Lab7 - Private Value Auctions Econ 333 Fall 2009 Auctions...

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Private Value Auctions Econ 333 Fall 2009
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Auctions Auctions are most useful in selling a commodity of undetermined value. If a seller is unsure of the price he can get then auctions are particularly useful. More flexible than setting a fixed price Less time-consuming and less expensive than negotiating a price An auction tries to deliver the object to the person who values it the most .
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History of auctions Auctions extend back to 500BC in Babylon when Herodotus reported the use of an auction Women sold under condition they be married after purchase Less attractive women had to pay a dowry (negative price) Roman empire used auctions to liquidate property and sell goods acquired “sub hasia” (under the spear)
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Roman empire for sale 193 AD entire Roman empire was auctioned off by Praetorian Guard They killed Pertinax (emperor) and announced that highest bidder could have the empire! Didius Julianus outbid others to become emperor 6250 drachmas per Guard Beheaded 2 months later when Septimus Severus conquered Rome Winner’s curse???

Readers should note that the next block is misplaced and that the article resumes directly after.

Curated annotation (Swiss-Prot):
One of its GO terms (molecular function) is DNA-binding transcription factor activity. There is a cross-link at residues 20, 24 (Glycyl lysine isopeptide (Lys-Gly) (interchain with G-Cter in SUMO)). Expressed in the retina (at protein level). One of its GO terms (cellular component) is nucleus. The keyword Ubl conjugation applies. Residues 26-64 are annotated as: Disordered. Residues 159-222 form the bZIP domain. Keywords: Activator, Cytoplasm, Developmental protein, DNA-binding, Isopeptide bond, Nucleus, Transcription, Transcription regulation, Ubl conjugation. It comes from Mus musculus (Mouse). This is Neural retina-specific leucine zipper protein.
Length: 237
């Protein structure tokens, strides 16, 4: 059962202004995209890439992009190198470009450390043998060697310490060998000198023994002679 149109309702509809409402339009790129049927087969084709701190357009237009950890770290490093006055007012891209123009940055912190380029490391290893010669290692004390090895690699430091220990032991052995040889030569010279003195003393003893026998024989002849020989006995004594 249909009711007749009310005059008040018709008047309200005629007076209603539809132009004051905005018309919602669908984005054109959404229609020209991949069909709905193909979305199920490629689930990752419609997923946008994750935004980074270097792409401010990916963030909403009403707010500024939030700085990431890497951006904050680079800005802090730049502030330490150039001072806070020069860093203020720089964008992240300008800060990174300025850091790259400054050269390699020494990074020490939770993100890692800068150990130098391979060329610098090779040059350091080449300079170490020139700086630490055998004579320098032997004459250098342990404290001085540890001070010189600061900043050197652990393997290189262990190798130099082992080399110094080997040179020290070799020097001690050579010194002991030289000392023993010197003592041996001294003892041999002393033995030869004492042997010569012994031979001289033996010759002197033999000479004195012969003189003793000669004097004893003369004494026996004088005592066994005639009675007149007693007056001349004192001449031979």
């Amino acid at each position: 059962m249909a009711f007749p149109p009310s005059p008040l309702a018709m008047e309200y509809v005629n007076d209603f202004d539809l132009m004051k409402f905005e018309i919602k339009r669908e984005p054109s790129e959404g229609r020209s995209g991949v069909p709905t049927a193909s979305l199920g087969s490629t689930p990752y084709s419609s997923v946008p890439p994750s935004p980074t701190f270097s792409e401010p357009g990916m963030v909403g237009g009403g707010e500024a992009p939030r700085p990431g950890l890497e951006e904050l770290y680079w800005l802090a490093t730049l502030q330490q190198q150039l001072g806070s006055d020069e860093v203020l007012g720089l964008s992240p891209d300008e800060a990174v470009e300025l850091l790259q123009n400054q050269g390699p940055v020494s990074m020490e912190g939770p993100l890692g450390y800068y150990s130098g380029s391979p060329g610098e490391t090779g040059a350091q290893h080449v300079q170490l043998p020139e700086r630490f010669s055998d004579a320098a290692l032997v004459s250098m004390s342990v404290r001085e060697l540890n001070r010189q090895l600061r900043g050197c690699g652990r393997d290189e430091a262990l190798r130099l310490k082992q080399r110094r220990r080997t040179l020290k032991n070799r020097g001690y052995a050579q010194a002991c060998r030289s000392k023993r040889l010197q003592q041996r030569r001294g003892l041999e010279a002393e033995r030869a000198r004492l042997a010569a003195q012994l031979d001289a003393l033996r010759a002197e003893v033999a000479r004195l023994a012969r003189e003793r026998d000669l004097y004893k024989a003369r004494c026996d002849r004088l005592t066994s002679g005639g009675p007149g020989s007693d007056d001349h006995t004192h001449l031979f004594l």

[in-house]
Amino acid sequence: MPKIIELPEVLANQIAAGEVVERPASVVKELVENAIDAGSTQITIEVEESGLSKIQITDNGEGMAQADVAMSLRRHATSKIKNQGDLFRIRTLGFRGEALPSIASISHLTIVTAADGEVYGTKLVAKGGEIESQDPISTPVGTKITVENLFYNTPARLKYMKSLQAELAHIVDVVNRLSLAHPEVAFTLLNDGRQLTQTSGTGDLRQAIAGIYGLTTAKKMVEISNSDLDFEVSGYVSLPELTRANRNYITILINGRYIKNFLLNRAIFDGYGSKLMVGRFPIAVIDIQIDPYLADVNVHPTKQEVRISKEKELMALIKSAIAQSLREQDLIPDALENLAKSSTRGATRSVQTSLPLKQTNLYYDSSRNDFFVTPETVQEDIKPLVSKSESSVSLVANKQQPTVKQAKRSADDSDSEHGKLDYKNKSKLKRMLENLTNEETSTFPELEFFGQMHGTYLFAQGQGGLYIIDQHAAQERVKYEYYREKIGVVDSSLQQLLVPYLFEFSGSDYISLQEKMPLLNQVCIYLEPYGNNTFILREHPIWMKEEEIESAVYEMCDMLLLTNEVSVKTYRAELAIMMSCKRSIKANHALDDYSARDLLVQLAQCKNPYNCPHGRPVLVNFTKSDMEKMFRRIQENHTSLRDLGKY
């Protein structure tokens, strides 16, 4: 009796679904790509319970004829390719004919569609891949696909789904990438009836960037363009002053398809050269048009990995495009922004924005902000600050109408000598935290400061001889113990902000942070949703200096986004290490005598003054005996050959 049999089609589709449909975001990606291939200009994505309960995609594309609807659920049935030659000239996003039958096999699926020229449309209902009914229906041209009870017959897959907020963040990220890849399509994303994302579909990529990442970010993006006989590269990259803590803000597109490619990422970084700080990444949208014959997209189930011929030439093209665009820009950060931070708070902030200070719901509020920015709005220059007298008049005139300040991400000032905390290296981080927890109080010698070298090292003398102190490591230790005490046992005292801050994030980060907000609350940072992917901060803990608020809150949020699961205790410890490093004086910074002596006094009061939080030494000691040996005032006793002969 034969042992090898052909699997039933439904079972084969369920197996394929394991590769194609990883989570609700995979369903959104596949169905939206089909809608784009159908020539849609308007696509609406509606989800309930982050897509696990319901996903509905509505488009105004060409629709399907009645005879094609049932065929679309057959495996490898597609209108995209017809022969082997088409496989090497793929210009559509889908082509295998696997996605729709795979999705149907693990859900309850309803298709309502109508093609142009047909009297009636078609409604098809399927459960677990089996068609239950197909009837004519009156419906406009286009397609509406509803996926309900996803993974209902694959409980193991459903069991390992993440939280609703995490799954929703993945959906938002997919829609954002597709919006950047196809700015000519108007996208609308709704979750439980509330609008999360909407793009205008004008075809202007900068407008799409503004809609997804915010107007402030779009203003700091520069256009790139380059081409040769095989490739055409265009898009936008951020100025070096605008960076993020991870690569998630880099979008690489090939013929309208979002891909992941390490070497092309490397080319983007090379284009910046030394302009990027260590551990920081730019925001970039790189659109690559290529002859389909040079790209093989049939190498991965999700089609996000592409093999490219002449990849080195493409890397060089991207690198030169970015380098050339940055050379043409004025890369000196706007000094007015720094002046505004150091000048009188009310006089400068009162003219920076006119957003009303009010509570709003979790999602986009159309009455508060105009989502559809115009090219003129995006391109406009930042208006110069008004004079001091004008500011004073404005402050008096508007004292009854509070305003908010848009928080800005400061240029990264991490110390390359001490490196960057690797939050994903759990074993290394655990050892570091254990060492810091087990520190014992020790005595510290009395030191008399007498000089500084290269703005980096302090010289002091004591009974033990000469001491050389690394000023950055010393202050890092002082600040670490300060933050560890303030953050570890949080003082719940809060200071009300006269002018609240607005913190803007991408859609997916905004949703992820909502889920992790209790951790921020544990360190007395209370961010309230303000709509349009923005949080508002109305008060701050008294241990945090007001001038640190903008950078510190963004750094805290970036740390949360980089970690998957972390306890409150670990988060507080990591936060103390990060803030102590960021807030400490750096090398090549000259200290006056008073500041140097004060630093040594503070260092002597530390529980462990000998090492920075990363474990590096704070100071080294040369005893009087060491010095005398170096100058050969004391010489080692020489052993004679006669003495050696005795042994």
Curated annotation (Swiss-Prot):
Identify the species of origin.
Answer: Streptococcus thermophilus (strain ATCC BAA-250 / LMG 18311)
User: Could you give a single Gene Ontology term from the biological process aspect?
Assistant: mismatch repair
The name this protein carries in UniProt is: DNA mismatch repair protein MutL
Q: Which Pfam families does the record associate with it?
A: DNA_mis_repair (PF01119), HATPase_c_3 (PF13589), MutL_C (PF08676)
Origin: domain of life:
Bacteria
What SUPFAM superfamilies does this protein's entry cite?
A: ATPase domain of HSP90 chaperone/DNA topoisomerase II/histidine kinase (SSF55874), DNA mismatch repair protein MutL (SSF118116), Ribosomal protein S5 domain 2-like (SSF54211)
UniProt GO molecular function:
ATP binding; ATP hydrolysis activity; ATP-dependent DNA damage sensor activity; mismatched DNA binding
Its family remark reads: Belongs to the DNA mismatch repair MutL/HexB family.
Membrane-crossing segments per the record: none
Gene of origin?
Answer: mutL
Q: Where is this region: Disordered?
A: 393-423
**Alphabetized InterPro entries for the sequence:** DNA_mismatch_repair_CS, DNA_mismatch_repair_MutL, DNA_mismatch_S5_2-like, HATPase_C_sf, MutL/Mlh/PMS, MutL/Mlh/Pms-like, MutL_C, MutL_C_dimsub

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History of auctions Earliest modern recording of an auction in Oxford English Dictionary 1595 Auctions probably preceded this date Popular in late 17 th century 18 th century – London auction houses Sotheby’s 1744 Christie’s 1766 USA – liquidate estates, slave auctions eBay
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Value of the good Two types of values 1. Private value Each bidder has his/her own unique value for the item, e.g. art auction Nothing about the other bidder’s affects your value : (But may affect your bid , depending upon institution) What they know What they are WTP Source of uncertainty: others’ bids and values Others’ bids may determine own bid
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Value of the good Types of value (cont.) 2. Common value Value is the same for all bidders, but that value is unknown at time of bidding Each bidder only has an estimate of the value e.g. leases for unproven oil fields Source of uncertainty: value of object (& others’ bids)
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Types of auctions One-sided auctions Only one side of the market is active, usually buyers bidding (and no seller asks) e.g. English auction, Dutch auction Two-sided auctions Both sides of the market are active
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Number of units sold Single unit auctions Multi-unit auctions Typically have more complex bidding strategies
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Auction Institution Who proposes price? Bidding Process Description English Auctioneer Bids increase Price raised until bidding stops Dutch Clock Bids decrease Price lowered sequentially until sale confirmed by 1st bidder to accept price 1st Price Sealed Bid Buyer Sealed bid High bidder wins, pays own price 2nd Price Sealed Bid Buyer Sealed bid High bidder wins, pays 2nd highest price The 2 nd price sealed bid auction is often referred to as a Vickrey Auction . Open outcry
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Lab7 - Private Value Auctions Econ 333 Fall 2009 Auctions...

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